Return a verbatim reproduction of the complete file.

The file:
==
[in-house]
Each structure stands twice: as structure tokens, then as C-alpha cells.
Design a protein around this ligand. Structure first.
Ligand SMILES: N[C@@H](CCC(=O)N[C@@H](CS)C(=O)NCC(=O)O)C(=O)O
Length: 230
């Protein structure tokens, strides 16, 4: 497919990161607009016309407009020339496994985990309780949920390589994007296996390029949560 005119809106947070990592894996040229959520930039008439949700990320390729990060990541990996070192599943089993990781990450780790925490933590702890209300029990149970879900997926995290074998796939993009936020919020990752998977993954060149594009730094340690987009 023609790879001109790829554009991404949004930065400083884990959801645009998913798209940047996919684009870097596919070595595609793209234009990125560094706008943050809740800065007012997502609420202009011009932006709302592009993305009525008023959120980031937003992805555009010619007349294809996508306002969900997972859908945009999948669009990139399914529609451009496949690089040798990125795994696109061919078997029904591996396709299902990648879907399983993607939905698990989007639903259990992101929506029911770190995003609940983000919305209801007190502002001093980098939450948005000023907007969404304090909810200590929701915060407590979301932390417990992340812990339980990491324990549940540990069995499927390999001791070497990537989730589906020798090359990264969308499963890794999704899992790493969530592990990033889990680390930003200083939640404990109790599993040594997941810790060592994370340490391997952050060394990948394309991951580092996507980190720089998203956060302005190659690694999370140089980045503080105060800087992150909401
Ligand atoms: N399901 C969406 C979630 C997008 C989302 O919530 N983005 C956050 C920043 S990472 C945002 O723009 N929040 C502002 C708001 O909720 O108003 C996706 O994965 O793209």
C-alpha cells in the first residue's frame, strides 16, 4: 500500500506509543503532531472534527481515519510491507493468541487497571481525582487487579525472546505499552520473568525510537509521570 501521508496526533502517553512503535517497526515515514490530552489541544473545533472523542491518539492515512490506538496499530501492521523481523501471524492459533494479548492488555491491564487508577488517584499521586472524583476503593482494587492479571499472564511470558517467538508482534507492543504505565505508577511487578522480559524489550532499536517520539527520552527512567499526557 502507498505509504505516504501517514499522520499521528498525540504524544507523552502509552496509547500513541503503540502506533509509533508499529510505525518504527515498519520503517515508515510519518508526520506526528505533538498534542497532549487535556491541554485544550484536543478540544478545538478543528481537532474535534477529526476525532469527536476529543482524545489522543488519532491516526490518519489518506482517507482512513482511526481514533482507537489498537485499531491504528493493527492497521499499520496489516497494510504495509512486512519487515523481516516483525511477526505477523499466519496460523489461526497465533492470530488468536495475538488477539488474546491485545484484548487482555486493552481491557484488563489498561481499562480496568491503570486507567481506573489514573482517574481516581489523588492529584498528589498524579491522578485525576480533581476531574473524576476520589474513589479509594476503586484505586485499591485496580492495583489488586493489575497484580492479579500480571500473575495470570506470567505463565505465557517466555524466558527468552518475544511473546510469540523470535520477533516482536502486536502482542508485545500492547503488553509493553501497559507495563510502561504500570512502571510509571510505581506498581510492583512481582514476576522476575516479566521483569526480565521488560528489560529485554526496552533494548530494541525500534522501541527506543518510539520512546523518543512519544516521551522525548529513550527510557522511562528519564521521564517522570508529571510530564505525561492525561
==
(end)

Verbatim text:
[in-house]
Each structure stands twice: as structure tokens, then as C-alpha cells.
Design a protein around this ligand. Structure first.
Ligand SMILES: N[C@@H](CCC(=O)N[C@@H](CS)C(=O)NCC(=O)O)C(=O)O
Length: 230
């Protein structure tokens, strides 16, 4: 497919990161607009016309407009020339496994985990309780949920390589994007296996390029949560 005119809106947070990592894996040229959520930039008439949700990320390729990060990541990996070192599943089993990781990450780790925490933590702890209300029990149970879900997926995290074998796939993009936020919020990752998977993954060149594009730094340690987009 023609790879001109790829554009991404949004930065400083884990959801645009998913798209940047996919684009870097596919070595595609793209234009990125560094706008943050809740800065007012997502609420202009011009932006709302592009993305009525008023959120980031937003992805555009010619007349294809996508306002969900997972859908945009999948669009990139399914529609451009496949690089040798990125795994696109061919078997029904591996396709299902990648879907399983993607939905698990989007639903259990992101929506029911770190995003609940983000919305209801007190502002001093980098939450948005000023907007969404304090909810200590929701915060407590979301932390417990992340812990339980990491324990549940540990069995499927390999001791070497990537989730589906020798090359990264969308499963890794999704899992790493969530592990990033889990680390930003200083939640404990109790599993040594997941810790060592994370340490391997952050060394990948394309991951580092996507980190720089998203956060302005190659690694999370140089980045503080105060800087992150909401
Ligand atoms: N399901 C969406 C979630 C997008 C989302 O919530 N983005 C956050 C920043 S990472 C945002 O723009 N929040 C502002 C708001 O909720 O108003 C996706 O994965 O793209």
C-alpha cells in the first residue's frame, strides 16, 4: 500500500506509543503532531472534527481515519510491507493468541487497571481525582487487579525472546505499552520473568525510537509521570 501521508496526533502517553512503535517497526515515514490530552489541544473545533472523542491518539492515512490506538496499530501492521523481523501471524492459533494479548492488555491491564487508577488517584499521586472524583476503593482494587492479571499472564511470558517467538508482534507492543504505565505508577511487578522480559524489550532499536517520539527520552527512567499526557 502507498505509504505516504501517514499522520499521528498525540504524544507523552502509552496509547500513541503503540502506533509509533508499529510505525518504527515498519520503517515508515510519518508526520506526528505533538498534542497532549487535556491541554485544550484536543478540544478545538478543528481537532474535534477529526476525532469527536476529543482524545489522543488519532491516526490518519489518506482517507482512513482511526481514533482507537489498537485499531491504528493493527492497521499499520496489516497494510504495509512486512519487515523481516516483525511477526505477523499466519496460523489461526497465533492470530488468536495475538488477539488474546491485545484484548487482555486493552481491557484488563489498561481499562480496568491503570486507567481506573489514573482517574481516581489523588492529584498528589498524579491522578485525576480533581476531574473524576476520589474513589479509594476503586484505586485499591485496580492495583489488586493489575497484580492479579500480571500473575495470570506470567505463565505465557517466555524466558527468552518475544511473546510469540523470535520477533516482536502486536502482542508485545500492547503488553509493553501497559507495563510502561504500570512502571510509571510505581506498581510492583512481582514476576522476575516479566521483569526480565521488560528489560529485554526496552533494548530494541525500534522501541527506543518510539520512546523518543512519544516521551522525548529513550527510557522511562528519564521521564517522570508529571510530564505525561492525561